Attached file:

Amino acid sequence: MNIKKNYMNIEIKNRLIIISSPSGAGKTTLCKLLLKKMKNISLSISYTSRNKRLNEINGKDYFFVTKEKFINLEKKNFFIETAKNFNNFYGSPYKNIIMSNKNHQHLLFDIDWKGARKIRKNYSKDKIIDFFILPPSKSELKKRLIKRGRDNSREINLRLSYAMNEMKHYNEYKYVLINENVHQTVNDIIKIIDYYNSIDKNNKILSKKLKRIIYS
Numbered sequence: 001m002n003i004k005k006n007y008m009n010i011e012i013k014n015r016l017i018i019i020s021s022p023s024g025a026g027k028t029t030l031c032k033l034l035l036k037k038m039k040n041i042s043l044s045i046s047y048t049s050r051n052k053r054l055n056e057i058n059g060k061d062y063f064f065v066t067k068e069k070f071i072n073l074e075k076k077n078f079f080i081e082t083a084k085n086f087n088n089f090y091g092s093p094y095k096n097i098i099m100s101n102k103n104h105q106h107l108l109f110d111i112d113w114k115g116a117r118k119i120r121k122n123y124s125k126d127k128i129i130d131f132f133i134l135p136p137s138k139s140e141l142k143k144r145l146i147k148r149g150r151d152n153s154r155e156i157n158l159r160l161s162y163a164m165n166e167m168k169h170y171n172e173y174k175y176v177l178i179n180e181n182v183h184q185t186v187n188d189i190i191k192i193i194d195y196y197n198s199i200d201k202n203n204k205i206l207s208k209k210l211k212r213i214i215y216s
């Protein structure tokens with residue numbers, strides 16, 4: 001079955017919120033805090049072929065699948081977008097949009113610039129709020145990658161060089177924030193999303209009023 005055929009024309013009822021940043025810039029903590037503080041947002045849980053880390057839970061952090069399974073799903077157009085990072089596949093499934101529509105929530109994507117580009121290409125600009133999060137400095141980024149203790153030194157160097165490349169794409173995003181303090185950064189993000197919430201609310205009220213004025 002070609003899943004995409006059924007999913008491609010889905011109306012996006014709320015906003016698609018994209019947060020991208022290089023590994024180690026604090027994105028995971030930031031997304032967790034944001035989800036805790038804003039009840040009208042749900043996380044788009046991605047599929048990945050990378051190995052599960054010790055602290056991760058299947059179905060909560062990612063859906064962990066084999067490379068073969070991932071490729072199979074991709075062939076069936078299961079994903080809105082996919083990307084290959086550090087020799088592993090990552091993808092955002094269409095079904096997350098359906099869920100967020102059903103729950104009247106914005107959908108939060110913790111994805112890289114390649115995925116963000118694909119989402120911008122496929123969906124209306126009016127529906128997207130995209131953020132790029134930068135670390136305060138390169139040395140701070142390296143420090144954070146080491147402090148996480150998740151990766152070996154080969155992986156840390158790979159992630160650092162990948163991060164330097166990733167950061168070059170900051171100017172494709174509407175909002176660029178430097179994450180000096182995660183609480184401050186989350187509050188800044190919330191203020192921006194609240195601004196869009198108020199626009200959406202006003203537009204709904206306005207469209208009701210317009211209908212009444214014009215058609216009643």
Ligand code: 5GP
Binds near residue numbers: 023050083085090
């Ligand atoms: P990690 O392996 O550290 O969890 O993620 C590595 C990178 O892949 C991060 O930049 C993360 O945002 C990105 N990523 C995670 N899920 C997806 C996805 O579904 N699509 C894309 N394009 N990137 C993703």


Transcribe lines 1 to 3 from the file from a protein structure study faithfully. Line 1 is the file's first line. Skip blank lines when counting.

Amino acid sequence: MNIKKNYMNIEIKNRLIIISSPSGAGKTTLCKLLLKKMKNISLSISYTSRNKRLNEINGKDYFFVTKEKFINLEKKNFFIETAKNFNNFYGSPYKNIIMSNKNHQHLLFDIDWKGARKIRKNYSKDKIIDFFILPPSKSELKKRLIKRGRDNSREINLRLSYAMNEMKHYNEYKYVLINENVHQTVNDIIKIIDYYNSIDKNNKILSKKLKRIIYS
Numbered sequence: 001m002n003i004k005k006n007y008m009n010i011e012i013k014n015r016l017i018i019i020s021s022p023s024g025a026g027k028t029t030l031c032k033l034l035l036k037k038m039k040n041i042s043l044s045i046s047y048t049s050r051n052k053r054l055n056e057i058n059g060k061d062y063f064f065v066t067k068e069k070f071i072n073l074e075k076k077n078f079f080i081e082t083a084k085n086f087n088n089f090y091g092s093p094y095k096n097i098i099m100s101n102k103n104h105q106h107l108l109f110d111i112d113w114k115g116a117r118k119i120r121k122n123y124s125k126d127k128i129i130d131f132f133i134l135p136p137s138k139s140e141l142k143k144r145l146i147k148r149g150r151d152n153s154r155e156i157n158l159r160l161s162y163a164m165n166e167m168k169h170y171n172e173y174k175y176v177l178i179n180e181n182v183h184q185t186v187n188d189i190i191k192i193i194d195y196y197n198s199i200d201k202n203n204k205i206l207s208k209k210l211k212r213i214i215y216s
């Protein structure tokens with residue numbers, strides 16, 4: 001079955017919120033805090049072929065699948081977008097949009113610039129709020145990658161060089177924030193999303209009023 005055929009024309013009822021940043025810039029903590037503080041947002045849980053880390057839970061952090069399974073799903077157009085990072089596949093499934101529509105929530109994507117580009121290409125600009133999060137400095141980024149203790153030194157160097165490349169794409173995003181303090185950064189993000197919430201609310205009220213004025 002070609003899943004995409006059924007999913008491609010889905011109306012996006014709320015906003016698609018994209019947060020991208022290089023590994024180690026604090027994105028995971030930031031997304032967790034944001035989800036805790038804003039009840040009208042749900043996380044788009046991605047599929048990945050990378051190995052599960054010790055602290056991760058299947059179905060909560062990612063859906064962990066084999067490379068073969070991932071490729072199979074991709075062939076069936078299961079994903080809105082996919083990307084290959086550090087020799088592993090990552091993808092955002094269409095079904096997350098359906099869920100967020102059903103729950104009247106914005107959908108939060110913790111994805112890289114390649115995925116963000118694909119989402120911008122496929123969906124209306126009016127529906128997207130995209131953020132790029134930068135670390136305060138390169139040395140701070142390296143420090144954070146080491147402090148996480150998740151990766152070996154080969155992986156840390158790979159992630160650092162990948163991060164330097166990733167950061168070059170900051171100017172494709174509407175909002176660029178430097179994450180000096182995660183609480184401050186989350187509050188800044190919330191203020192921006194609240195601004196869009198108020199626009200959406202006003203537009204709904206306005207469209208009701210317009211209908212009444214014009215058609216009643």